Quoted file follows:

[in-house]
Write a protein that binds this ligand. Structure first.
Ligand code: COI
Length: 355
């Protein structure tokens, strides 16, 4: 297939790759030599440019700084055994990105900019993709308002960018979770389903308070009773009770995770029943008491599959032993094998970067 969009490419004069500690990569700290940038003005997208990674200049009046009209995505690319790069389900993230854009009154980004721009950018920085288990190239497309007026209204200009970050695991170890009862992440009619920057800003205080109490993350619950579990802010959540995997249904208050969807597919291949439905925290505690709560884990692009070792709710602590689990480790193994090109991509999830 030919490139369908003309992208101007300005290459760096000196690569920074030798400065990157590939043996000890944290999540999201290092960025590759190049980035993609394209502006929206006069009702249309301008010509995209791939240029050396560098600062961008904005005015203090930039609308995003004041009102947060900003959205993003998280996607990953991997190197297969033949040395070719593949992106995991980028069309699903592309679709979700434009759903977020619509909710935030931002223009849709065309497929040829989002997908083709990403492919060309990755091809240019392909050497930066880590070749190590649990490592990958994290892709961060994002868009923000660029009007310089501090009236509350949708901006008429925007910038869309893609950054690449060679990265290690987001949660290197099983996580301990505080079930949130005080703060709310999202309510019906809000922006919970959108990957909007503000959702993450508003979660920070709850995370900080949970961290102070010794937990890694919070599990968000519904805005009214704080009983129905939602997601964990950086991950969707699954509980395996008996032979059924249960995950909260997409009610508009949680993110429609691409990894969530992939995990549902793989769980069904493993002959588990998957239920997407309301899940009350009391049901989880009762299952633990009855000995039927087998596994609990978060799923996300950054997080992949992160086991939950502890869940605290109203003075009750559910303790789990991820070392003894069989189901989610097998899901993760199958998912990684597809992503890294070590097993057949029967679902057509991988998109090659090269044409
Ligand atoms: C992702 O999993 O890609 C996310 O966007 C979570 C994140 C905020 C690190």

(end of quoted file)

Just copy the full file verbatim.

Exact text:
[in-house]
Write a protein that binds this ligand. Structure first.
Ligand code: COI
Length: 355
């Protein structure tokens, strides 16, 4: 297939790759030599440019700084055994990105900019993709308002960018979770389903308070009773009770995770029943008491599959032993094998970067 969009490419004069500690990569700290940038003005997208990674200049009046009209995505690319790069389900993230854009009154980004721009950018920085288990190239497309007026209204200009970050695991170890009862992440009619920057800003205080109490993350619950579990802010959540995997249904208050969807597919291949439905925290505690709560884990692009070792709710602590689990480790193994090109991509999830 030919490139369908003309992208101007300005290459760096000196690569920074030798400065990157590939043996000890944290999540999201290092960025590759190049980035993609394209502006929206006069009702249309301008010509995209791939240029050396560098600062961008904005005015203090930039609308995003004041009102947060900003959205993003998280996607990953991997190197297969033949040395070719593949992106995991980028069309699903592309679709979700434009759903977020619509909710935030931002223009849709065309497929040829989002997908083709990403492919060309990755091809240019392909050497930066880590070749190590649990490592990958994290892709961060994002868009923000660029009007310089501090009236509350949708901006008429925007910038869309893609950054690449060679990265290690987001949660290197099983996580301990505080079930949130005080703060709310999202309510019906809000922006919970959108990957909007503000959702993450508003979660920070709850995370900080949970961290102070010794937990890694919070599990968000519904805005009214704080009983129905939602997601964990950086991950969707699954509980395996008996032979059924249960995950909260997409009610508009949680993110429609691409990894969530992939995990549902793989769980069904493993002959588990998957239920997407309301899940009350009391049901989880009762299952633990009855000995039927087998596994609990978060799923996300950054997080992949992160086991939950502890869940605290109203003075009750559910303790789990991820070392003894069989189901989610097998899901993760199958998912990684597809992503890294070590097993057949029967679902057509991988998109090659090269044409
Ligand atoms: C992702 O999993 O890609 C996310 O966007 C979570 C994140 C905020 C690190």